Do I Have Keynesian Sympathies?

The claim that radical subjectivists having sympathies for Keynesian economics is a popular one. I could somewhat understand why people think so. Ludwig Lachmann talked a lot about Keynes and gave credit to Keynesians whenever credit was due. He talked, and was influenced greatly, about George Shackle and his view on uncertainty and his wonderful critiques on neoclassical economics. He even thought that Shackle’s uncertainty was generally superior to Austrian uncertainty. I get why I get the “Keynesian sympathy” label. On my blogroll I have a few links to Keynesian blogs, and in some cases, I have defended the Keynesians on the comments section of the blogs, but I do not necessarily defend their policies, just cases in which I feel that people misrepresent them. I have said that Post Keynesian theory is similar to Austrian, well at least radical subjectivist, theory (political differences aside). So then do radical subjectivists have Keynesian sympathies… I think there is not an objective answer to that (I do consider myself a radical subjectivist for a reason), but I say no.

For the most part, what we like about Keynes and Post Keynesians is that their theories consider the real world and not some hypothetical situation to explain some kind of equilibrium analysis. Their critiques on the neoclassical branch of Austrian economics are, for the most part, spot on. I mean we have the same criticisms towards neoclassical economics but that does not mean that we have sympathies towards one another, we just understand each other when it comes to the subject. We disagree on some major things, the biggest one is how much government intervention is needed. Post Keynesians are generally social democrats and radical subjectivists are classical liberals. What I want to see is Post Keynesians and Austrians putting that difference aside and unite together to dismantle neoclassical economics!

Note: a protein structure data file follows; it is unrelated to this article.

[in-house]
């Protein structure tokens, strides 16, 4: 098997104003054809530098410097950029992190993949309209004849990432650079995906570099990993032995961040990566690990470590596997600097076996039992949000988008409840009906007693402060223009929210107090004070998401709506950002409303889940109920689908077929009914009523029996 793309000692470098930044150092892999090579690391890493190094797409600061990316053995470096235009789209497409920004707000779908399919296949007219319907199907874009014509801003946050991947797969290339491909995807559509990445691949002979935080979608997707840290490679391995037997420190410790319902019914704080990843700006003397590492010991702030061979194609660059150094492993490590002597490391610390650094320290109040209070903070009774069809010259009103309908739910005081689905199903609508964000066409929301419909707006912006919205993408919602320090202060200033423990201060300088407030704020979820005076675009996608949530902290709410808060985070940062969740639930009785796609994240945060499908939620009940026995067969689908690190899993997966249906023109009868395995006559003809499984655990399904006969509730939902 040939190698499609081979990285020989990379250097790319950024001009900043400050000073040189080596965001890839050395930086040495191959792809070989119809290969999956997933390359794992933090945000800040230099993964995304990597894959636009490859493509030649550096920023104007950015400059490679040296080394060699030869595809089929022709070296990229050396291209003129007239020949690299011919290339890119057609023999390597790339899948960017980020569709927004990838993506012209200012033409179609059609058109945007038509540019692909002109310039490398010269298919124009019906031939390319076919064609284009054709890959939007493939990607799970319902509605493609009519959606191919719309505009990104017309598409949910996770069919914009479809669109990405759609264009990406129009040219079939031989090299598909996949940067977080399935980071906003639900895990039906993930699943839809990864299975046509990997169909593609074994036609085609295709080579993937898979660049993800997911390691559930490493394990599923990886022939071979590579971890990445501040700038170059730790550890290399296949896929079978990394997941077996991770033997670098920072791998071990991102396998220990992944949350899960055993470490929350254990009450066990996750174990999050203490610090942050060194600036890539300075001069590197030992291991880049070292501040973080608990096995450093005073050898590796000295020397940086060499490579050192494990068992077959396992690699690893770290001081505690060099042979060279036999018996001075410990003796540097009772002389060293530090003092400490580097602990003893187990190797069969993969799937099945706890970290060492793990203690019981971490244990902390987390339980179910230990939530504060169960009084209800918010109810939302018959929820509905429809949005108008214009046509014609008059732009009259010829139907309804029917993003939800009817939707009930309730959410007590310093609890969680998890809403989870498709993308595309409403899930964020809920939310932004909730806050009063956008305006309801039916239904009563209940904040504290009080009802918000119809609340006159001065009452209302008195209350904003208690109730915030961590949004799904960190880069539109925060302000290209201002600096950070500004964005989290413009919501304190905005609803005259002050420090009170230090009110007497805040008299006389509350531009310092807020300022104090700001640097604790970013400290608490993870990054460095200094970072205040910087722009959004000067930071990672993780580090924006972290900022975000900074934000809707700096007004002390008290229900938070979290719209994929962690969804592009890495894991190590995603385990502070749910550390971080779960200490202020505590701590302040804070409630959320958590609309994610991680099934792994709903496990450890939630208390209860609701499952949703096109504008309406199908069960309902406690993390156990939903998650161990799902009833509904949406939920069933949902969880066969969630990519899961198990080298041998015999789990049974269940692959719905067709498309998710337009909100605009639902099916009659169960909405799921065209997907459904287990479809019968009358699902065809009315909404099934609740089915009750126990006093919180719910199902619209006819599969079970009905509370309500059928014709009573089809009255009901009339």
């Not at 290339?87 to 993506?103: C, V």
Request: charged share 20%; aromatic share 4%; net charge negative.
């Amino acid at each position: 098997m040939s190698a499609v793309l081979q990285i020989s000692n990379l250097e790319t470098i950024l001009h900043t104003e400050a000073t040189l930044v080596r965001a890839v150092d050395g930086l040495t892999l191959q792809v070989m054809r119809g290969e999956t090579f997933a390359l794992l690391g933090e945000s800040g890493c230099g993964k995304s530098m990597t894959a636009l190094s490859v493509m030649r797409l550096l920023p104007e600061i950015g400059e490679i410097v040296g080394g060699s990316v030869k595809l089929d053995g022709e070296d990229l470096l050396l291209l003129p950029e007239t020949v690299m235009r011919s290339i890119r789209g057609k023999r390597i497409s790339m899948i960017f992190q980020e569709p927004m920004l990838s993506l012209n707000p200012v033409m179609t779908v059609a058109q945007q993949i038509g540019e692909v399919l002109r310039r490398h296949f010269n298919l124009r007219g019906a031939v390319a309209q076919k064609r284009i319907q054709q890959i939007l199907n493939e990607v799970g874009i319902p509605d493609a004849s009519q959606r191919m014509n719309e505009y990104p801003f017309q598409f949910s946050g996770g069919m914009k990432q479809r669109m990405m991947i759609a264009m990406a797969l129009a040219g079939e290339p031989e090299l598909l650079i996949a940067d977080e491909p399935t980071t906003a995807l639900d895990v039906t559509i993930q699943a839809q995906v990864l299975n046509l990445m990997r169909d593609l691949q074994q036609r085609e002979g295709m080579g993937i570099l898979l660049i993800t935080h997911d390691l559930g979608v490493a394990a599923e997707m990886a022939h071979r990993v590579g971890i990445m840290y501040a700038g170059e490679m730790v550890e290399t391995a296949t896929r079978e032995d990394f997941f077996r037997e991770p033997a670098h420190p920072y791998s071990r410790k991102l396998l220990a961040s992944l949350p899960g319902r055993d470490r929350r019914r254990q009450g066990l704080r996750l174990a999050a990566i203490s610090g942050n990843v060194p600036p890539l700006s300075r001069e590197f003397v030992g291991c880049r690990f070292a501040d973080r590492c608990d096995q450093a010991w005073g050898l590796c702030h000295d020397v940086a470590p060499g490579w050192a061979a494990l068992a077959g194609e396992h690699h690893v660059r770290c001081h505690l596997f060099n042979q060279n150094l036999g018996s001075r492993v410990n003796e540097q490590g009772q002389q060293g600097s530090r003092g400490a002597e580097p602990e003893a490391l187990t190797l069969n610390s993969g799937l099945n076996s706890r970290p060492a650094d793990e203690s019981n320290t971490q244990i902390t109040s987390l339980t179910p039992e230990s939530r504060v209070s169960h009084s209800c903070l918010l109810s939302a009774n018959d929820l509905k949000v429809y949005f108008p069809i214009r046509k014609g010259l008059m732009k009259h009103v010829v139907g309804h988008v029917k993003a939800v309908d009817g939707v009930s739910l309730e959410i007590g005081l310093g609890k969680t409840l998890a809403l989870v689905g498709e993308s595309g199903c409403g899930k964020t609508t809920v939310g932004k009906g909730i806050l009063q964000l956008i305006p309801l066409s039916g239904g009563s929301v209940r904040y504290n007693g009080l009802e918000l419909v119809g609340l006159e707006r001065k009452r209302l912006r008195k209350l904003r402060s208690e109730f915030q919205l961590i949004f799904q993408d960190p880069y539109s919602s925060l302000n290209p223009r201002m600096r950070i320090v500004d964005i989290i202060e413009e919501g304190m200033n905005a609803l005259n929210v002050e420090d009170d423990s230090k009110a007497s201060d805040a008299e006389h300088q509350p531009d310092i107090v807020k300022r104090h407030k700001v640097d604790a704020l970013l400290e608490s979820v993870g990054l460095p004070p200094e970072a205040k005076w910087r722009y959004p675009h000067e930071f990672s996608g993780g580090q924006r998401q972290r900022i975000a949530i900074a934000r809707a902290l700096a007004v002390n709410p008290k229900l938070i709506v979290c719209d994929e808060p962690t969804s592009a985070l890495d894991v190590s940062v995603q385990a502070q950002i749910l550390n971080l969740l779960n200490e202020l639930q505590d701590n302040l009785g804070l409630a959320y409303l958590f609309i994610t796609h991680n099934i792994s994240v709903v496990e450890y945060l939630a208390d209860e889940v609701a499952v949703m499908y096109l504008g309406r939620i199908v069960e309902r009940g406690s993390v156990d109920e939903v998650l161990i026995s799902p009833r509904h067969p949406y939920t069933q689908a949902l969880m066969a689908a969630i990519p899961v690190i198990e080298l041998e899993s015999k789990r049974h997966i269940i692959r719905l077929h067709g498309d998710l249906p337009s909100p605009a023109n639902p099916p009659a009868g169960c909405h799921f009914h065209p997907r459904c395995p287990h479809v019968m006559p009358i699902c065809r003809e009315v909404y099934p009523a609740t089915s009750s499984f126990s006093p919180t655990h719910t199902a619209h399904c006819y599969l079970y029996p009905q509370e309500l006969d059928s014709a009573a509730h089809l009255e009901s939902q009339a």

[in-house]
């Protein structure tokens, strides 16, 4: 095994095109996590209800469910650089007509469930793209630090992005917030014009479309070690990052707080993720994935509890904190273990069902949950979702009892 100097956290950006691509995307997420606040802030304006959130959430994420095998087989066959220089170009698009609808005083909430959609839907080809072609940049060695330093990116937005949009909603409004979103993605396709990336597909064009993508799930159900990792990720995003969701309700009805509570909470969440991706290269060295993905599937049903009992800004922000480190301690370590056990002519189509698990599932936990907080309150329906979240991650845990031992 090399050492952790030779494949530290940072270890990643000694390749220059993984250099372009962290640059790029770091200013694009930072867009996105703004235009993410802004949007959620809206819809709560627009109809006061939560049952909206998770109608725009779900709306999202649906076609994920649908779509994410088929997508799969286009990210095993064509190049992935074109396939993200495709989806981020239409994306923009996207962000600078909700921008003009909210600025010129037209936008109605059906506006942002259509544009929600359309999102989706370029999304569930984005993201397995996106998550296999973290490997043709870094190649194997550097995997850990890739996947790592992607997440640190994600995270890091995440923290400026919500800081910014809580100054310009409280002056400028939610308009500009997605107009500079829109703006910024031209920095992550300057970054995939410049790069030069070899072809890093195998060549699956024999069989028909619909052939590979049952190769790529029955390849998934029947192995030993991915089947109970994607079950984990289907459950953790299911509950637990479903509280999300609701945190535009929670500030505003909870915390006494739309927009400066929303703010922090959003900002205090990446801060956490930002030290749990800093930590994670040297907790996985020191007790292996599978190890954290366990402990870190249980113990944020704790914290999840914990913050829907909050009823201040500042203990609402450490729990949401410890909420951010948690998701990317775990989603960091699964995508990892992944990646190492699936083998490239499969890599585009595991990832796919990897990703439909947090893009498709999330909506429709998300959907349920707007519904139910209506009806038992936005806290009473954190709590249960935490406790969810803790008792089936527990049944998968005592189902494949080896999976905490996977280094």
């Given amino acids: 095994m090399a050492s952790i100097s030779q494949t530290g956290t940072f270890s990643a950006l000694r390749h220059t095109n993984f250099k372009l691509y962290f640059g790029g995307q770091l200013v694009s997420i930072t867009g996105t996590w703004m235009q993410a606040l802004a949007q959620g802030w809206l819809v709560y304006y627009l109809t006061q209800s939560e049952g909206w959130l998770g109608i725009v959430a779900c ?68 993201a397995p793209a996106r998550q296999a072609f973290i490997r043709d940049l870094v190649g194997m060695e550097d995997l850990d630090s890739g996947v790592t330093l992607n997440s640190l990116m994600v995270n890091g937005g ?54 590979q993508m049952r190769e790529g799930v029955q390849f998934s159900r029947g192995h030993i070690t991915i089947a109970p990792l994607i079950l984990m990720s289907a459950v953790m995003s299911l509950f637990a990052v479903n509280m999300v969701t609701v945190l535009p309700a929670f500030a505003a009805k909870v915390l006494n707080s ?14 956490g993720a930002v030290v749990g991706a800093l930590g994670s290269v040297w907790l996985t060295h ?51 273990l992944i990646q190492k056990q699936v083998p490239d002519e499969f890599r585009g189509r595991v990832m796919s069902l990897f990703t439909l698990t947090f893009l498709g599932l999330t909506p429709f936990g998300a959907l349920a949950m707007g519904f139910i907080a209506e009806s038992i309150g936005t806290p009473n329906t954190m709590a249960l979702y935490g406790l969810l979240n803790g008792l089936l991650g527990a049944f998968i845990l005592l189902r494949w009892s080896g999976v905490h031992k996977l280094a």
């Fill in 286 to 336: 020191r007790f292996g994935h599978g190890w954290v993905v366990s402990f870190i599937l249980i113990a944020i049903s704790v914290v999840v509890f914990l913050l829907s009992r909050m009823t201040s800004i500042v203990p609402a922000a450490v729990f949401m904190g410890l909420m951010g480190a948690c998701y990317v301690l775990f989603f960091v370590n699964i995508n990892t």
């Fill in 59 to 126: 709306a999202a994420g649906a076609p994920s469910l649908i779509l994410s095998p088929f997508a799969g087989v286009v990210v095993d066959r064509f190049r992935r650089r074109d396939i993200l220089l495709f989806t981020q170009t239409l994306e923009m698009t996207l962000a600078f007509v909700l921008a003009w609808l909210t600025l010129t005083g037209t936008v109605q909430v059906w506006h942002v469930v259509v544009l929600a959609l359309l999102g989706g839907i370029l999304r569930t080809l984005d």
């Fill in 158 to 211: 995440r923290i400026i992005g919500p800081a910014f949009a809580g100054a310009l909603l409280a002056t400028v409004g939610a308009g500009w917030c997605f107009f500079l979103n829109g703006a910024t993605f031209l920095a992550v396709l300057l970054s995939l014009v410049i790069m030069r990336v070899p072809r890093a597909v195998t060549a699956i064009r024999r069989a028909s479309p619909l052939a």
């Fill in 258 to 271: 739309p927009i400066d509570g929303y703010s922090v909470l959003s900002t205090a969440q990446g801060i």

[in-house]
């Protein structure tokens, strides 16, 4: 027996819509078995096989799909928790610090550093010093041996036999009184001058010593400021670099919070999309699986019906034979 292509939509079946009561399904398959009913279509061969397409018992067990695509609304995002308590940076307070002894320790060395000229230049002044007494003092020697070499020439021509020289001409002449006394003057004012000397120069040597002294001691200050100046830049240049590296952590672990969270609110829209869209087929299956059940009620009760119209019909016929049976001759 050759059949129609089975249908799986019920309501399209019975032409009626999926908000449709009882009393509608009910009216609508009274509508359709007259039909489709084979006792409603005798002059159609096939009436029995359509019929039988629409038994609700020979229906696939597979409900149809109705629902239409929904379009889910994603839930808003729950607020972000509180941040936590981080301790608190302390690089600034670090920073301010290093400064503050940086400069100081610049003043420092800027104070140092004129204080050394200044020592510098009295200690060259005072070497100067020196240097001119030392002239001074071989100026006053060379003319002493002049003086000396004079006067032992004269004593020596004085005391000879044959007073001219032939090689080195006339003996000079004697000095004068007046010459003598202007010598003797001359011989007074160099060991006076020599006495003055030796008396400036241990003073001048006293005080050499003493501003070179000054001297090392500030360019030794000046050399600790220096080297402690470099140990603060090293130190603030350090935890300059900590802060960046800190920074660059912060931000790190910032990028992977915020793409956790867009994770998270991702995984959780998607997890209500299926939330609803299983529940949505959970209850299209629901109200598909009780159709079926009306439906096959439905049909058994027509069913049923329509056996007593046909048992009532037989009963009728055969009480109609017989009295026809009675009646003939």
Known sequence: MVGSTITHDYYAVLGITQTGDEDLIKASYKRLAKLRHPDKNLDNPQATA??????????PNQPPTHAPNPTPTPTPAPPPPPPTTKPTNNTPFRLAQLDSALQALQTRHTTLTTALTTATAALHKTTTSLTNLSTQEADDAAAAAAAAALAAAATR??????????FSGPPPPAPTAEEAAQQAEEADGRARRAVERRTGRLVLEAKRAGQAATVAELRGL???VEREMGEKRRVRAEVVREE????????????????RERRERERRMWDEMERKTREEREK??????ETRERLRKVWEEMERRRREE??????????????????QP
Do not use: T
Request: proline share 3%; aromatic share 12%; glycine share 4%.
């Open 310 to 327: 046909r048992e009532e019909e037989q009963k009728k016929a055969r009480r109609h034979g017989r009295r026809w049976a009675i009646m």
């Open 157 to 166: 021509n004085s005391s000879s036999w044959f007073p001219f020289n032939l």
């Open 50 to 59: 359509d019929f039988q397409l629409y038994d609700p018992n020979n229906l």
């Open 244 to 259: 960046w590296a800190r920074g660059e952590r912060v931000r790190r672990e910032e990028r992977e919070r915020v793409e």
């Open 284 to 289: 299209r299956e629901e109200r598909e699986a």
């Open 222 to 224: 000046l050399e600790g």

-Isaac Marmolejo


2 responses to “Do I Have Keynesian Sympathies?

  1. So you would rather team up with statists in fighting a theoretical battle against neoclassicals than to team up with people that believe in limited government and fight against the statists, theoretical differences aside

    • You act like that is a bad thing. If you actually look at the Austrian School’s history, you will see that past Austrians were able to put aside political differences to develop theory. Look at Wieser, a quasi-socialist, who greatly influenced Von Mises and his understanding of utility and value. Mises’ basic argument that there would never be one efficient central planner is essentially Wieser’s argument in his book Natural Value. To a lesser extent, you can say the same for Hayek and Myrdal, while they did not influence each other in any way, they still contributed to the theory of business cycles together. Why, then is it a crime if we do the same in modern times with Post Keynesians?

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